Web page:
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MOC Leaders Fight to Keep Subsidized Childcare Open in Fairfax, CA


"Ross Valley residents and civic leaders testified this week in support of maintaining a children’s center for low-income families at Deer Park in Fairfax...

Gail Dorph of the Marin Organizing Committee said the value of supporting children extends to the whole community. “The world exists because of the breath of small children,” she said. “When we support children, we’re supporting the existence of the world.”

[Photo Credit: Alan Dep, Marin Independent Journal]

Ross Valley Residents Extol Value of Child Care CenterMarin Independent Journal [pdf]


350 CCG Leaders Leverage Commitments from Denver Mayoral Candidates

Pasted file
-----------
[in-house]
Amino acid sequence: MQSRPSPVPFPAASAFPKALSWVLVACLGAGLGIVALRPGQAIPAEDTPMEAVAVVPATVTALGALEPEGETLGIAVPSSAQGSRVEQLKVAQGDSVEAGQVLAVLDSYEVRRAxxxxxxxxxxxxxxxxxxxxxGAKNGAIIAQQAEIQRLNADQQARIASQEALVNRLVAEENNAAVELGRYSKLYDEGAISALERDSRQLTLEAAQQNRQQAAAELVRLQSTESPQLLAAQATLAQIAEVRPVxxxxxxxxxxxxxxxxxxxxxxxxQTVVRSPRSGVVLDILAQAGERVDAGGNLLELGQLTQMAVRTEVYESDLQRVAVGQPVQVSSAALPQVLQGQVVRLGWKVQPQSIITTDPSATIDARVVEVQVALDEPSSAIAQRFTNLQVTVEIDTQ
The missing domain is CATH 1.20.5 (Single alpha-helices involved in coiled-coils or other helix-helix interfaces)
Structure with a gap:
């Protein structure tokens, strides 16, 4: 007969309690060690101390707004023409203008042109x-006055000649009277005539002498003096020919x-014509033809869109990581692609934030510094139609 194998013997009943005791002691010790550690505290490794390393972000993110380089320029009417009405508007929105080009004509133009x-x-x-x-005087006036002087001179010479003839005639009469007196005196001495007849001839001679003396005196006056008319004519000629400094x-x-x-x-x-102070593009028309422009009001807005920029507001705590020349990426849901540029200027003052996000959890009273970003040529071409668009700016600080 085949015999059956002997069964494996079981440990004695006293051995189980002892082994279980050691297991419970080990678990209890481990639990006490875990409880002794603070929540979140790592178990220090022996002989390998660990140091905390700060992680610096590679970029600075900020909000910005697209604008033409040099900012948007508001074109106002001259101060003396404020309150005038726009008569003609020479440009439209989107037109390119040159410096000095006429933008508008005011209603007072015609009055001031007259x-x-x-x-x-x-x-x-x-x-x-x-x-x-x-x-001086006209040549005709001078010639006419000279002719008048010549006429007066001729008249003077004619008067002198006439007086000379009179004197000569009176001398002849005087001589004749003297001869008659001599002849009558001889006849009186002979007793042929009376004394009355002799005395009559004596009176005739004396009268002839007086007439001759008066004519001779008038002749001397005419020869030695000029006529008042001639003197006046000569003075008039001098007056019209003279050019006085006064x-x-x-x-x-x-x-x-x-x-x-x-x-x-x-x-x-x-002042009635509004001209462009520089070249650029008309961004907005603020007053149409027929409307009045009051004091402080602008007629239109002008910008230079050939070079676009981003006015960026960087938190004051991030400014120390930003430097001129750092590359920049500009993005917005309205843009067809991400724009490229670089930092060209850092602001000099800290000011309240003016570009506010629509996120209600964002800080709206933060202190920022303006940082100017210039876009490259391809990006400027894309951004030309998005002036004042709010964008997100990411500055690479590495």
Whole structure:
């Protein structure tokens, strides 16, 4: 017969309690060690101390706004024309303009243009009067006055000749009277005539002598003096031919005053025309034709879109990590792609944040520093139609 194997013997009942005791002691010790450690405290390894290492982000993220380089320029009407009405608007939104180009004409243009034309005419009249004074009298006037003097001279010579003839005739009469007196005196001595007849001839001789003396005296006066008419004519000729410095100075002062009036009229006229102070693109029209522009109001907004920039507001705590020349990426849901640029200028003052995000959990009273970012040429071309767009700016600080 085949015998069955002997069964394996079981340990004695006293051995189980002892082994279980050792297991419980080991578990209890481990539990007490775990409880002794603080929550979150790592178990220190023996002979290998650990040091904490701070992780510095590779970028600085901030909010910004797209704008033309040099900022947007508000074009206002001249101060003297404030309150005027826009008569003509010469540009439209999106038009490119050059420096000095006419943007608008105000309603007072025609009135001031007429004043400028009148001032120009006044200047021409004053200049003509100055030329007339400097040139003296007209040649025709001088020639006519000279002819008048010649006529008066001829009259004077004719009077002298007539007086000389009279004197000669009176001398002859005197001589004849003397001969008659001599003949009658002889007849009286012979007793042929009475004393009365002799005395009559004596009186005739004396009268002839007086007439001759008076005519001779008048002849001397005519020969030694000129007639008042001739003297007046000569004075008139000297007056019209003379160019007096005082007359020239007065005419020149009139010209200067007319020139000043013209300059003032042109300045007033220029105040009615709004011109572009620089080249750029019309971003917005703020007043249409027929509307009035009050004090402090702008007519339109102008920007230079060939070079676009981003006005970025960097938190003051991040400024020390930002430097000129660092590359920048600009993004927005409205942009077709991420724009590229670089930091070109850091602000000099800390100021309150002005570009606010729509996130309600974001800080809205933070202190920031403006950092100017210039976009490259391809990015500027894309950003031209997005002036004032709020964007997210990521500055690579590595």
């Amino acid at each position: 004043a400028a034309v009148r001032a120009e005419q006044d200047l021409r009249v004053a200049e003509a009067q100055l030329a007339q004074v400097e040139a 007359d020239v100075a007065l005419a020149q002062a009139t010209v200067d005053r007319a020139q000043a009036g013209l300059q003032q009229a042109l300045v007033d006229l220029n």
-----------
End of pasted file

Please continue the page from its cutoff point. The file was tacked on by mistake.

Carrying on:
At an assembly that drawing 350 leaders from 20 institutions of Coloradans for the Common Good (CCG), community leaders secured commitments from Denver Mayoral runoff candidates around eviction, wage theft, mental health, and workers' pensions. 

After CCG leaders shared personal stories, candidates were asked to answer 'yes' or 'no' to ten proposals addressing specific housing, mental health, gun safety, workers' rights, and immigrants' rights issues.

“If the answer is 'Yes,' we’re going to cheer and applaud,” explained CCG leader Joyce Brooks.  “If the answer is 'No,' we’ll just be silent and wait for them to elaborate at the end."  Kelly Brough responded affirmatively to all ten proposals while Mike Johnston answered YES to nine of the ten.

Both candidates committed to extending subpoena power to the City’s Auditor to effectively investigate cases of wage theft.